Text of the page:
Sex is a taboo topic no more, this is a topic that all parents need to address with their children. What’s happening these days? How aware is your child? What are your child’s friends discussing? Is your child negatively affected by peer pressure? What happens if your child is forced to give in? You need to be the sounding board for your teen and have these difficult conversations before it is too late. This topic covers how you can have these chats in the right way, at the right time. Here is a four-stage process of how you can do this. 

  • When – talking about sex can never be too early and there is a danger you maybe be too late. Best to err on the earlier side. You don’t have to start from the day they were born but you do need to make them aware of their private organs and “good and bad touch”. Your children need to know what is correct and inappropriate behavior and don’t underestimate their level of understanding of the basics. As they grow older, around ages 6 – 8, you must check with the school if they have already covered this topic and then expand on it. If the conversation happens around the same time, the child will not feel overwhelmed. There may be several questions the child as if the topic was raised in a classroom environment but they may feel afraid to ask for fear of being laughed at or ridiculed. However, when you know that this topic has been opened by their school (as all schools should cover) you may invite them to another conversation, say a follow-up or a more intimate “QnA” session. This way, the child has a comfortable and safe environment to ask questions. No question is too silly or too bold and you should not hesitate to answer it as honestly as possible. Keep sentiment and emotion out of the way and answer as factually as can be. Remember your child may discuss what you share with his or her friends so best to report the facts and withhold judgment until they are mature enough to have that conversation, at a later stage. 
  • Where – any location and every location is OK as long as you are not interrupted. This could be in the privacy of your home or at your local café over breakfast. You may choose to begin by expanding on the topic and checking to see if they are already aware or not. Don’t be surprised if your child feigns complete ignorance or claims they know it all. At times, children may feel shy and not want to broach the topic altogether. However, you need to ensure they understand the basics and who they can speak to if and when they have any doubts about sex. You may also choose to connect with another parent and take your kids out on a play date and discuss this. It helps your child to bond with their friends so they may not feel alienated. It also helps as now your child has two sets of parents they can speak to in case they are too shy or embarrassed to come to you with a problem.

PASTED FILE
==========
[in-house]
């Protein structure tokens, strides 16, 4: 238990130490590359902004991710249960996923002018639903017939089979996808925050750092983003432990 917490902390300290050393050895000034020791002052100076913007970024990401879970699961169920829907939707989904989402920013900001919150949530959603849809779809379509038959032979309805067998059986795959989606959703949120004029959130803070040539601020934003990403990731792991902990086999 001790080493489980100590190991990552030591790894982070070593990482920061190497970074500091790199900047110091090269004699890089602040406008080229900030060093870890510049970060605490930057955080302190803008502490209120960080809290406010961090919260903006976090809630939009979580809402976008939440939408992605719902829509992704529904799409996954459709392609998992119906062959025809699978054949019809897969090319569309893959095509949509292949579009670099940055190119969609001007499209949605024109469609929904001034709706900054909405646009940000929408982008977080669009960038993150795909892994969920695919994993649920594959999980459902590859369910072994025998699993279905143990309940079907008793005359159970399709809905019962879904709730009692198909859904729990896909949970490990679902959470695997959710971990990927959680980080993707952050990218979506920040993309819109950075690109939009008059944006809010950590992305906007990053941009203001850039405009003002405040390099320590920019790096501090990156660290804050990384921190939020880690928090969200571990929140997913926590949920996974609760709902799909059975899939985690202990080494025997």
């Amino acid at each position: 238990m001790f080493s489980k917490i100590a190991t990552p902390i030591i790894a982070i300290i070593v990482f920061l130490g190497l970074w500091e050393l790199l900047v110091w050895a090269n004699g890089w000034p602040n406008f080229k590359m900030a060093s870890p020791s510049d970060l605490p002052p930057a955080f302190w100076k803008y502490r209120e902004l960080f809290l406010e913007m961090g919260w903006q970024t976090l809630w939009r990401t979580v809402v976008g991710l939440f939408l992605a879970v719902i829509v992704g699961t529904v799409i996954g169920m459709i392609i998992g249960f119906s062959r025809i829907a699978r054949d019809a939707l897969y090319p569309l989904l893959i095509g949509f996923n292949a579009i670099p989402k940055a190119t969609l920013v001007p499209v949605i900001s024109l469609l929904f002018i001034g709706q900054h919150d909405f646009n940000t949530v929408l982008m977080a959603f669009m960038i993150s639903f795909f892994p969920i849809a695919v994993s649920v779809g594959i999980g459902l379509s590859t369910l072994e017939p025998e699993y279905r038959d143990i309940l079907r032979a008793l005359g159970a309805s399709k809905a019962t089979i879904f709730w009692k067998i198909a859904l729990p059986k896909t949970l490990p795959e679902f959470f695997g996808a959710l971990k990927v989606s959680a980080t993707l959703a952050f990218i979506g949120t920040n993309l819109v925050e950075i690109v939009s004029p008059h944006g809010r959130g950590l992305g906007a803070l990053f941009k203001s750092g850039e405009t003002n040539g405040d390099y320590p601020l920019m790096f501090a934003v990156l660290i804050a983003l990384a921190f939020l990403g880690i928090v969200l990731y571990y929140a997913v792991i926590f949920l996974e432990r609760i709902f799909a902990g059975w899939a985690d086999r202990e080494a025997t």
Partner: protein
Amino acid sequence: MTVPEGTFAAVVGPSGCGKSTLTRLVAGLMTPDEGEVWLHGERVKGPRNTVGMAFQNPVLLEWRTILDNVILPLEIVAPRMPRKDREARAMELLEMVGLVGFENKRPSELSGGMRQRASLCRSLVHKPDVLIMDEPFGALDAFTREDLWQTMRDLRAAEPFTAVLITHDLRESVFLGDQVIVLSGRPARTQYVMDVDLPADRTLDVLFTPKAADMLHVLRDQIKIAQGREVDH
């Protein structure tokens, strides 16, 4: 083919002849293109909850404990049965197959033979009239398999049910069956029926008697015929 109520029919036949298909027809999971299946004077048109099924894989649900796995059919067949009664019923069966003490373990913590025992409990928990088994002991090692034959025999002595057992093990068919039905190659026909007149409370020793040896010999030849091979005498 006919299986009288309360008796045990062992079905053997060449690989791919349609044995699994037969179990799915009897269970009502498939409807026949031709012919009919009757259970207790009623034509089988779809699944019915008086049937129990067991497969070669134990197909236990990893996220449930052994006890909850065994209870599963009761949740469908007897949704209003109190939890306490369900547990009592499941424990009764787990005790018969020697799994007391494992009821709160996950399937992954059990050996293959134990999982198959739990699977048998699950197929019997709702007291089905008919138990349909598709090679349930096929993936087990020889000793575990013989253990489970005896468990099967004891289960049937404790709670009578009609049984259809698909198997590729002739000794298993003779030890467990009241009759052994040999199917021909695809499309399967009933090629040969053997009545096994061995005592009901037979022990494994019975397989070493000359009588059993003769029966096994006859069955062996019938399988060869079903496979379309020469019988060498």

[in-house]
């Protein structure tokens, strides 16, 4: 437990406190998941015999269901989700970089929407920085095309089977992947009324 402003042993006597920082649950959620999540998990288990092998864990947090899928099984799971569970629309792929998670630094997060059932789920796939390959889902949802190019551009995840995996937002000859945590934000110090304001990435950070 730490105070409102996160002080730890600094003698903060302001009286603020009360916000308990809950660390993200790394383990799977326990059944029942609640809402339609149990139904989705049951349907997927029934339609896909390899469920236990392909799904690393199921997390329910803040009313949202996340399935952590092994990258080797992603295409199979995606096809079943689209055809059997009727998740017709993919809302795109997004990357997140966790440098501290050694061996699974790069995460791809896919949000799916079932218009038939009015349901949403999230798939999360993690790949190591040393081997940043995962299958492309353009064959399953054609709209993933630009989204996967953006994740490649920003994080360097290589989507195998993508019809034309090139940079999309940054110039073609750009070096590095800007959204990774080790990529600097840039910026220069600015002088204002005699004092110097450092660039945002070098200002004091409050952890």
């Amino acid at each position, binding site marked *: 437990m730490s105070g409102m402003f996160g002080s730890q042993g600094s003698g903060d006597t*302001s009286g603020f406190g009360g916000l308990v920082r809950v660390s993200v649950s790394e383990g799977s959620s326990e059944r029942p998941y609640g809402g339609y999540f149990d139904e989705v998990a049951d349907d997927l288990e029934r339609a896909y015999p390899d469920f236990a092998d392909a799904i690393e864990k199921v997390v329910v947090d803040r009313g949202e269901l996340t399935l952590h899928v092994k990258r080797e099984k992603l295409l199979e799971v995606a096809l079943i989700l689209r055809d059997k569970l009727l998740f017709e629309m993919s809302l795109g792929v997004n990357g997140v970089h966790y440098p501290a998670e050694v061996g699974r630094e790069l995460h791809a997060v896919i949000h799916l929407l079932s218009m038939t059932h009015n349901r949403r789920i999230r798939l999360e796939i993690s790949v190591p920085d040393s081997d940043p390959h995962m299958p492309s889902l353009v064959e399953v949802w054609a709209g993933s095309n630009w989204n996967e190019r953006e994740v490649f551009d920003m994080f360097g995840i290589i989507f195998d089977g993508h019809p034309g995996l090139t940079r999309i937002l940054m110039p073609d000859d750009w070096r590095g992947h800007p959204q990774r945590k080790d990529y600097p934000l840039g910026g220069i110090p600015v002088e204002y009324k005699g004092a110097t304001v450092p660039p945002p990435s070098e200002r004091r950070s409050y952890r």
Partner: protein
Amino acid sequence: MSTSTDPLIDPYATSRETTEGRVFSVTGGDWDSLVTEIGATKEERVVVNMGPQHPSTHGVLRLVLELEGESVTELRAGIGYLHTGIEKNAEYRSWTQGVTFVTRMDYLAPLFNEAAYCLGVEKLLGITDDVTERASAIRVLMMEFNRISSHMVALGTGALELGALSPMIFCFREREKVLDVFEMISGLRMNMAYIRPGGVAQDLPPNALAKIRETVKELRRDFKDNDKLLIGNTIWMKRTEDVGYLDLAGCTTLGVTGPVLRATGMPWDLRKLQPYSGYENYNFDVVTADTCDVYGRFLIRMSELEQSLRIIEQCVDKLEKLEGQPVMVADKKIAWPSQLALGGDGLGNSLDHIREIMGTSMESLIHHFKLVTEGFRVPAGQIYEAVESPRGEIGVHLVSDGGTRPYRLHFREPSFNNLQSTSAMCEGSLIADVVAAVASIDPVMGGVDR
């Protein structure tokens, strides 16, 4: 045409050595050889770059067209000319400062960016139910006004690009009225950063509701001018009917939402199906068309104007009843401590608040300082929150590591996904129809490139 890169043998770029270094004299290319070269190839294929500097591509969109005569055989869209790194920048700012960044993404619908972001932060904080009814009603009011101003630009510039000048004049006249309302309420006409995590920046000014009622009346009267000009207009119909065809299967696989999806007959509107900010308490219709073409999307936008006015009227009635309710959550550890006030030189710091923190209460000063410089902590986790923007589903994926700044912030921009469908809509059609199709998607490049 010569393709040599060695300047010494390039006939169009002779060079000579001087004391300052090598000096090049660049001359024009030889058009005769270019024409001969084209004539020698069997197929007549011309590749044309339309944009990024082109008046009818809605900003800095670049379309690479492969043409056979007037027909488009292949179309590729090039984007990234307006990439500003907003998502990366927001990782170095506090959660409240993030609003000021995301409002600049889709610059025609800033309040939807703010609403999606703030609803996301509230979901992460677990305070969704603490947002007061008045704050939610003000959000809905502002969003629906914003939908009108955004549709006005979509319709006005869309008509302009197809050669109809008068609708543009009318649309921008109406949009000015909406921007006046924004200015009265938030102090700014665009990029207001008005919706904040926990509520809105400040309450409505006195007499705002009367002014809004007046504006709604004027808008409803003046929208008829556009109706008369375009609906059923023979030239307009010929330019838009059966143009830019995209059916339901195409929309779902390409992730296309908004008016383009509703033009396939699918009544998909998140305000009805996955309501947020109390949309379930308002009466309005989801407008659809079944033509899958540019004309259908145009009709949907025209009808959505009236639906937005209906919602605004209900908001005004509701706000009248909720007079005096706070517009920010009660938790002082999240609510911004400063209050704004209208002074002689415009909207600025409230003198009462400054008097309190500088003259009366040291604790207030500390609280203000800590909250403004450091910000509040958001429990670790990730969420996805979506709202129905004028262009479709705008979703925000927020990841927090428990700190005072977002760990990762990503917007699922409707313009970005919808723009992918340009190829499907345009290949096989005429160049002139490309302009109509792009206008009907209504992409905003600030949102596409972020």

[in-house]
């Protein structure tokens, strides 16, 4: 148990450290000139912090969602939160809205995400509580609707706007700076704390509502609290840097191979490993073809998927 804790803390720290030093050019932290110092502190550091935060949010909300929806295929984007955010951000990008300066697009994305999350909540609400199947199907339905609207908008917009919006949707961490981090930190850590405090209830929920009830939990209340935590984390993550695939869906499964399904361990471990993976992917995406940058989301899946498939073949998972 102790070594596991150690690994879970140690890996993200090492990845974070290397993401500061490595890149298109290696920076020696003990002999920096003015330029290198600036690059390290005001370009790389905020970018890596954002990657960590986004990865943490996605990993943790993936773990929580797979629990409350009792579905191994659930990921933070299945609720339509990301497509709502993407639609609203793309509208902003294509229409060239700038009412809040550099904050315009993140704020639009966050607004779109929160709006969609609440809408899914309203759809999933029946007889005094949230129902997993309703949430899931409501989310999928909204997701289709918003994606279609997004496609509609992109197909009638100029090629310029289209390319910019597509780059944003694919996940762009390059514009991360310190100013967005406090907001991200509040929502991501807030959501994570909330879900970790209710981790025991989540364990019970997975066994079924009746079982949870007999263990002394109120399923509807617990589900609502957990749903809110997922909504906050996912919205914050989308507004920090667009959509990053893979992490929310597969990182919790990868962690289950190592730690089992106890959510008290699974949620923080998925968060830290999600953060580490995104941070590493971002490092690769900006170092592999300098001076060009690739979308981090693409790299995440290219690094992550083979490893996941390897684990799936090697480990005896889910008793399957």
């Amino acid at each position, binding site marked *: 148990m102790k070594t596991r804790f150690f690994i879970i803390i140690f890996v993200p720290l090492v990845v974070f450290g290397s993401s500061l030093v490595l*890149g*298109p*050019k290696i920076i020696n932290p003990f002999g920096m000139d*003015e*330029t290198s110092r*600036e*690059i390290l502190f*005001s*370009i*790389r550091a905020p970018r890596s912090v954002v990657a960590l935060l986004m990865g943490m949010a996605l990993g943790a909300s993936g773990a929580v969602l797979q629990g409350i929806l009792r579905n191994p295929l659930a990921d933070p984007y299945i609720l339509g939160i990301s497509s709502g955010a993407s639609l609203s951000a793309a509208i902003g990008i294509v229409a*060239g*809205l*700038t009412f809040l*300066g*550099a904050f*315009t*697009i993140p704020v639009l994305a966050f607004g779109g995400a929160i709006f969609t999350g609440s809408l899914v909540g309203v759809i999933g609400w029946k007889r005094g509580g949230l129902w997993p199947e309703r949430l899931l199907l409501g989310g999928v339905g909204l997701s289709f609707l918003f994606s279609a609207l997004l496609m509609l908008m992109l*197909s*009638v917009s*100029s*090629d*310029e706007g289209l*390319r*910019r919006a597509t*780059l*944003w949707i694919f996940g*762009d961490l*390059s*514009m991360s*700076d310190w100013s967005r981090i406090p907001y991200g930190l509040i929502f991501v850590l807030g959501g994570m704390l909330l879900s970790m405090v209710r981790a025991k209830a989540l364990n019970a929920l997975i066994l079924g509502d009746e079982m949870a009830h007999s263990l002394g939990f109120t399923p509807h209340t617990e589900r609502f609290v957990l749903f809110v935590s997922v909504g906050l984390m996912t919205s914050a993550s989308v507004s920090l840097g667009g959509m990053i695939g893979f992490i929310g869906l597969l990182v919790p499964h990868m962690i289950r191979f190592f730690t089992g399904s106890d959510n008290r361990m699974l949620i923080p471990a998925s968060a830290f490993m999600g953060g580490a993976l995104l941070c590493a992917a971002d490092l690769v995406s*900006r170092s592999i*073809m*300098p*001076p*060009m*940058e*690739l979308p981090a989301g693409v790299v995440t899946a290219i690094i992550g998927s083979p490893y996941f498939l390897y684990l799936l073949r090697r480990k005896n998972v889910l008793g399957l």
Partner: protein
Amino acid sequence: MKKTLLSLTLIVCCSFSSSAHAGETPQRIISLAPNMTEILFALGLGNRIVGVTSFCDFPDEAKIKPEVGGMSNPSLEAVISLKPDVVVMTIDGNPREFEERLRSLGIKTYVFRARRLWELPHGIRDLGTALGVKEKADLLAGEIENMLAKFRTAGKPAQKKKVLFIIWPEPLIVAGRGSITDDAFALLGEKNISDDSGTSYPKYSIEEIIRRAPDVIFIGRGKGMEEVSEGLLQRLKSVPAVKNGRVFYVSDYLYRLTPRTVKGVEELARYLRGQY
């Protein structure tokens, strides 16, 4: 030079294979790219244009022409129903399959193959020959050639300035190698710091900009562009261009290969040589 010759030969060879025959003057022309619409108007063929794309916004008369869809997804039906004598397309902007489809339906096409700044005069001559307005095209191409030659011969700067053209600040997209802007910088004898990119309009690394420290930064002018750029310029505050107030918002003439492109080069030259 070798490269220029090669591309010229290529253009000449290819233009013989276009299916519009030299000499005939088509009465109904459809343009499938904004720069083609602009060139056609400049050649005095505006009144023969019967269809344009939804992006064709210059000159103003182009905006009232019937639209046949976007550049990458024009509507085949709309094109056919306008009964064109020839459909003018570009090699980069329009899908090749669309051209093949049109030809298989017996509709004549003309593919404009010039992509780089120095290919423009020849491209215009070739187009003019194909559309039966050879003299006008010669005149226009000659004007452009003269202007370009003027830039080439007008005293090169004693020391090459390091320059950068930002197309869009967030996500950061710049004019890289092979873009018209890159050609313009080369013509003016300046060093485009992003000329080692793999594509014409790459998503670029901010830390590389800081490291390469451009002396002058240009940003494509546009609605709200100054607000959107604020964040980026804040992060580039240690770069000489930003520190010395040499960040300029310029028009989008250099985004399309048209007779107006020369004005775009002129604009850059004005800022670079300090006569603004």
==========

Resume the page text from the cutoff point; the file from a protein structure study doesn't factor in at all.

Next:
• How – talking about sex needs to be as casual as possible so as not to overwhelm your teen. However, they need to realize this is an important topic and the reason you are doing this is that they need to be aware of all the facts. You may quickly want to cover the basics, same as what may have already been covered at school so your child is clear on the basics. It is important to make the child understand the basics of sex – the physical act and the body and genital functions. It is also important to cover the moral values that are associated with sex. This is a tricky area and best explored when you feel your child mature enough to understand the softer nuances. So you may temporarily leave the higher-level communication on the morals and values around sex for a later stage.  
  • Why – Once you have briefed your child all about sex, you can open up another conversation where you can share your own experiences, depending on your comfort level. This can be amusing anecdotes on how you found out about puberty or your helpless ways of exploring sex. You can tell your child how things have changed and more importantly, how attitudes have improved towards sex and how things don’t have to be kept in the dark. This will encourage them to come up and talk to you whenever in doubt if they ever need your help. Your stories and experiences can be shared at any time and its best you do this as often as possible until your child feels it is healthy enough to talk about sex. 

There are instances when, despite you talking to your teen, they may still get pregnant or contract a sexually transmitted disease or worse. You need to manage the damage. This means no blame, no guilt. Your teen is already affected by what has happened. They now need to understand the extent of their choice, the responsibilities that come with their actions and make them take charge of the situation. You need to seek medical help immediately and make them aware of all their choices. You may only guide them but the decision should be theirs and the responsibility of the action too. This is the only way they can learn. At the end of the day, it is important to understand that no matter how cautious and careful we may be, things do happen which are out of control. Your teen will be able to manage everything provided you are there to support them in all their decisions and guide them as you have always done. This can be especially traumatic for your child as they may have a completely different vision of their future so don’t make them feel worse than they already do. There is always a bright side to every situation, you only need to find it.